Even leaders of the Hindu nationalist party are beginning to accuse the BJP of complicity in what has become a generalised attack on Christians. ACN continues to monitor the situation closely. The situation in the State of Manipur, in India, continues to cause grave concern, as violence against Christians rages and the number of Churches and Christian buildings destroyed, already in the hundreds, continues to climb.
Cardinal Oswald Gracias, Archbishop of Bombay, published a short note on 9 July explaining that the situation is causing “anxiety to all and suffering to the people of the area”, and ensuring that the episcopate of India is in communion with the local Diocese of Imphal and trying to find ways to help.
Local sources have blamed the Hindu nationalist Bharatiya Janata Party (BJP), which has a Hindu nationalist platform, of stoking the violence, and this theory was given more weight by the resignation, on 13 July, of the vice-president of the party in Mizoram, the state which neighbours Manipur, in protest at the violence.
In his resignation letter, R Vanramchhuanga claimed that even though 357 Christian churches and buildings belonging to different churches have already been burned by militants, leaders from the BJP-held local and central governments have yet to condemn the actions.
“Therefore, I do believe that massive demolition of Christian Churches in Manipur was supported by the state and Central authorities”, the politician said.
Pontifical agency Aid to the Church in Need (ACN) has been monitoring developments in Manipur and has received information from local sources. What started out as the attempt of the Meitei group to be registered on the Scheduled Tribal list quickly turned into attacks against the Christian Kuki and Naga Tribals from the hills. The violent attacks of the militant Meitei groups resulted in burning of entire villages, the death of more than 100 innocent Kuki civilians and the destruction of Catholic and Protestant churches, including those belonging to Christian Meiteis, and can now be described as open persecution against Christians.
Two detailed examples of destruction of Church property that reached ACN clearly show the methodology and intentions of the attackers.
St. Paul’s Parish
On 3 May, according to a report from the diocese of Imphal received by ACN, several Meitei activists entered the St. Paul’s Parish and Pastoral Training Centre, located in Sangaiprou, which serves people from a variety of ethnic communities.
“Around 20h30 a mob came and began smashing and destroying the church and the properties therein. Window panes, doors, the interior of the church, statues, crucifixes, the sound system, musical instruments, and whatever else was in the church were smashed, and the altar set on fire.”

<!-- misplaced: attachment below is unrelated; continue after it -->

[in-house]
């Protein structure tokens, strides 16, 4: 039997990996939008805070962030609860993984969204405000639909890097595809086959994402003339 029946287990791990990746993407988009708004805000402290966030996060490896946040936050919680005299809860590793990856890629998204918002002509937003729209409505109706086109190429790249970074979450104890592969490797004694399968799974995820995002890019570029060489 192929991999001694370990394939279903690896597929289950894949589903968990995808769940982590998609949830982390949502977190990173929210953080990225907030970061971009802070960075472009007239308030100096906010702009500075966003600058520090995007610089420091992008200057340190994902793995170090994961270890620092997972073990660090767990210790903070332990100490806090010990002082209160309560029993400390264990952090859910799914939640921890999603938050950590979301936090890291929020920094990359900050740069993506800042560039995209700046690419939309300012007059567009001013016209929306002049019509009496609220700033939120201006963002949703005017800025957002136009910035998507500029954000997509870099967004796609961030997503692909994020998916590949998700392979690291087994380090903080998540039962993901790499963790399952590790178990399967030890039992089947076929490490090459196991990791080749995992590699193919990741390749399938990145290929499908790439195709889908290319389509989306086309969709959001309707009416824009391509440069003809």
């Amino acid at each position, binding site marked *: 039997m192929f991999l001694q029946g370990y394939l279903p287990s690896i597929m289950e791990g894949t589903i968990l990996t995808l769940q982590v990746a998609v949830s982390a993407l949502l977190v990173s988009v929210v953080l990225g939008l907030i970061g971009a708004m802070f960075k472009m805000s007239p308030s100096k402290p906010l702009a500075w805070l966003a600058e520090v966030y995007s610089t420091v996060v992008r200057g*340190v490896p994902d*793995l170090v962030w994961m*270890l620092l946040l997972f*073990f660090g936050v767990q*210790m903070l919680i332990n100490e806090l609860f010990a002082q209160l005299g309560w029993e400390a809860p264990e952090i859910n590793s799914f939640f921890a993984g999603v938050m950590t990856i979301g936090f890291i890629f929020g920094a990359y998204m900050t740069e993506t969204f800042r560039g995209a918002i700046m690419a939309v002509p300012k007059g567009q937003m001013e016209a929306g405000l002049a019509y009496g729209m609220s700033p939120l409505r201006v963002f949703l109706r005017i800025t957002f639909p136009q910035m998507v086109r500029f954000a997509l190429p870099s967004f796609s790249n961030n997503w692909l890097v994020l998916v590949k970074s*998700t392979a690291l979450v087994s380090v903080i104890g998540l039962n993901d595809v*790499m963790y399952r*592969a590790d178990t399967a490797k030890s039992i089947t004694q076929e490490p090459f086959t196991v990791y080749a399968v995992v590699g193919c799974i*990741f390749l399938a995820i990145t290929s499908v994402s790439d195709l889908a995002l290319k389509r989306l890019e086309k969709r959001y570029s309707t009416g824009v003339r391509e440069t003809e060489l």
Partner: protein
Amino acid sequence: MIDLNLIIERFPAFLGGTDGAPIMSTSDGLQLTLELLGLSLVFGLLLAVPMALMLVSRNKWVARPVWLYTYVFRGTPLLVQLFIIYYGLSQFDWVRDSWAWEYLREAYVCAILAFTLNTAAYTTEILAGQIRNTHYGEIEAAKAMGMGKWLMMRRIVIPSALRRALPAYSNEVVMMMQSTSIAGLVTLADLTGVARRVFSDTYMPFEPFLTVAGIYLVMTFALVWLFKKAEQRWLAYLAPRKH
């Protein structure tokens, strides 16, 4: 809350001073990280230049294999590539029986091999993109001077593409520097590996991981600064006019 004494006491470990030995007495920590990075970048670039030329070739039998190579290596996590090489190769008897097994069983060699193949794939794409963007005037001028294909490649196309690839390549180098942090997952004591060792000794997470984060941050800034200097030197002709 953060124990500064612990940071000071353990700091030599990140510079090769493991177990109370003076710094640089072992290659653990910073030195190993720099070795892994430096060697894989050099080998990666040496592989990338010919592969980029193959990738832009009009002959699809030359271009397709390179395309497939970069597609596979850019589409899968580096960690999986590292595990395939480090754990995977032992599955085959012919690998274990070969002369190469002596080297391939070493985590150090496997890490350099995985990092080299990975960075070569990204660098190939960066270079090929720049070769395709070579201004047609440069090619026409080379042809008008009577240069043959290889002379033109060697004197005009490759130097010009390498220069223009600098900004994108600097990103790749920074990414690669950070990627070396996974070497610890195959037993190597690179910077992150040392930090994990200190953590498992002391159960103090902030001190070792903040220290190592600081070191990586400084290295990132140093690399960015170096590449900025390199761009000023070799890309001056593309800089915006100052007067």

The 46 people who live in the premises were rounded up and made to provide proof of identity to ensure there were no Kukis amongst them. “After verifying their identity, they set fire to a motorcycle and left. The fire in the church was brought under control”, according to the report.
The local Christians believed they had escaped the worst, but instead the group returned twice that same day, again going through the motions and asking for proof of identity to make sure there were no Kukis.
On 4 May the mob arrived again. “The residents were asked to identify themselves. After checking verification a number of times, they left, finding none of the people they were apparently looking for. However, at around 14h, they walked into the church, collected the cooking gas cylinders from the kitchen of the PTC, and after piling up all the pews and valuables they smashed, looted, and burned both the Church and the Pastoral Training Centre building”, causing almost total destruction of the property, and not even sparing the livestock.
According to the report received by ACN, “all this time, no security cover was provided”, despite repeated attempts to reach the police through emergency numbers.
Holy Redeemer Parish
The destruction of Church property in Holy Redeemer parish, in Canchipur, is another example of how security forces failed in their duty to protect the innocent during the protests in Manipur.
At around 20h30 on 3 May, “a group of unidentified people, armed with iron bars and sticks came to the parish and forcefully crashed through the gates. There were three or four police agents, but they were unable to control the mob. After smashing the doors, windows and belongings of the church, the attackers set the church on fire”, says the report sent to ACN.
As with St. Paul’s Parish, though the worst seemed to be over, the nightmare soon returned. “At 22h a mob once again came and the presbytery of the Parish was broken into and vandalized. All valuable assets such as computers and electronic devices, cash, gas cylinders, etc. were looted and the private rooms of the priests and the staff were ransacked and destroyed.”
The attackers would still return twice before the sun came up the next morning, threatening staff, breaking windows and ransacking the auditorium and classrooms before setting the residence for needy students on fire. They also entered the Bethany convent and looted all the valuables, including computers and cash.
ACN continues to monitor the situation closely and is in touch with local Church authorities to find the best and fastest way to provide emergency aid to help address basic needs and help alleviate people’s suffering.